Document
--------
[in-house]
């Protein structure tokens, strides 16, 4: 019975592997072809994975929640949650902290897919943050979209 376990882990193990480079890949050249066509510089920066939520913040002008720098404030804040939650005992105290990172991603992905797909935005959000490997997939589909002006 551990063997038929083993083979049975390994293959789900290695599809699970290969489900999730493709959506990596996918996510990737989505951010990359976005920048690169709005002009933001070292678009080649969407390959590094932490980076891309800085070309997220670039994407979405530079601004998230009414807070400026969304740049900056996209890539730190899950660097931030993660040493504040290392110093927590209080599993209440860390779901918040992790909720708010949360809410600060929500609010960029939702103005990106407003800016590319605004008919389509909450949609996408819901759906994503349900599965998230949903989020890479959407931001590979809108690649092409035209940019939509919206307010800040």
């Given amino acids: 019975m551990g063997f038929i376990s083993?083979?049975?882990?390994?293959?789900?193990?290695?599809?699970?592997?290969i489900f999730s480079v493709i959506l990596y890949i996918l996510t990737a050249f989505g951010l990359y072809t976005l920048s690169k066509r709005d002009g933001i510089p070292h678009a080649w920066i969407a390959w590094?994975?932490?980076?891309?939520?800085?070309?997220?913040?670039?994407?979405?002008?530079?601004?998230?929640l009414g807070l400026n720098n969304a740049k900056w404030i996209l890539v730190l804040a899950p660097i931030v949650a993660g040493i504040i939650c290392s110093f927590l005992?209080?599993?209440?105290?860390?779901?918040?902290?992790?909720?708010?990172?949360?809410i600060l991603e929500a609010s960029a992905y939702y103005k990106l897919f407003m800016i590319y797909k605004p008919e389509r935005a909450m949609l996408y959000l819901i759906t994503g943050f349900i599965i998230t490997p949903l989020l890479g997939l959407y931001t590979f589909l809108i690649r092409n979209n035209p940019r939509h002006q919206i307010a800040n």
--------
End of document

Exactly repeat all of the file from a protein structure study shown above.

[in-house]
């Protein structure tokens, strides 16, 4: 019975592997072809994975929640949650902290897919943050979209 376990882990193990480079890949050249066509510089920066939520913040002008720098404030804040939650005992105290990172991603992905797909935005959000490997997939589909002006 551990063997038929083993083979049975390994293959789900290695599809699970290969489900999730493709959506990596996918996510990737989505951010990359976005920048690169709005002009933001070292678009080649969407390959590094932490980076891309800085070309997220670039994407979405530079601004998230009414807070400026969304740049900056996209890539730190899950660097931030993660040493504040290392110093927590209080599993209440860390779901918040992790909720708010949360809410600060929500609010960029939702103005990106407003800016590319605004008919389509909450949609996408819901759906994503349900599965998230949903989020890479959407931001590979809108690649092409035209940019939509919206307010800040």
């Given amino acids: 019975m551990g063997f038929i376990s083993?083979?049975?882990?390994?293959?789900?193990?290695?599809?699970?592997?290969i489900f999730s480079v493709i959506l990596y890949i996918l996510t990737a050249f989505g951010l990359y072809t976005l920048s690169k066509r709005d002009g933001i510089p070292h678009a080649w920066i969407a390959w590094?994975?932490?980076?891309?939520?800085?070309?997220?913040?670039?994407?979405?002008?530079?601004?998230?929640l009414g807070l400026n720098n969304a740049k900056w404030i996209l890539v730190l804040a899950p660097i931030v949650a993660g040493i504040i939650c290392s110093f927590l005992?209080?599993?209440?105290?860390?779901?918040?902290?992790?909720?708010?990172?949360?809410i600060l991603e929500a609010s960029a992905y939702y103005k990106l897919f407003m800016i590319y797909k605004p008919e389509r935005a909450m949609l996408y959000l819901i759906t994503g943050f349900i599965i998230t490997p949903l989020l890479g997939l959407y931001t590979f589909l809108i690649r092409n979209n035209p940019r939509h002006q919206i307010a800040n």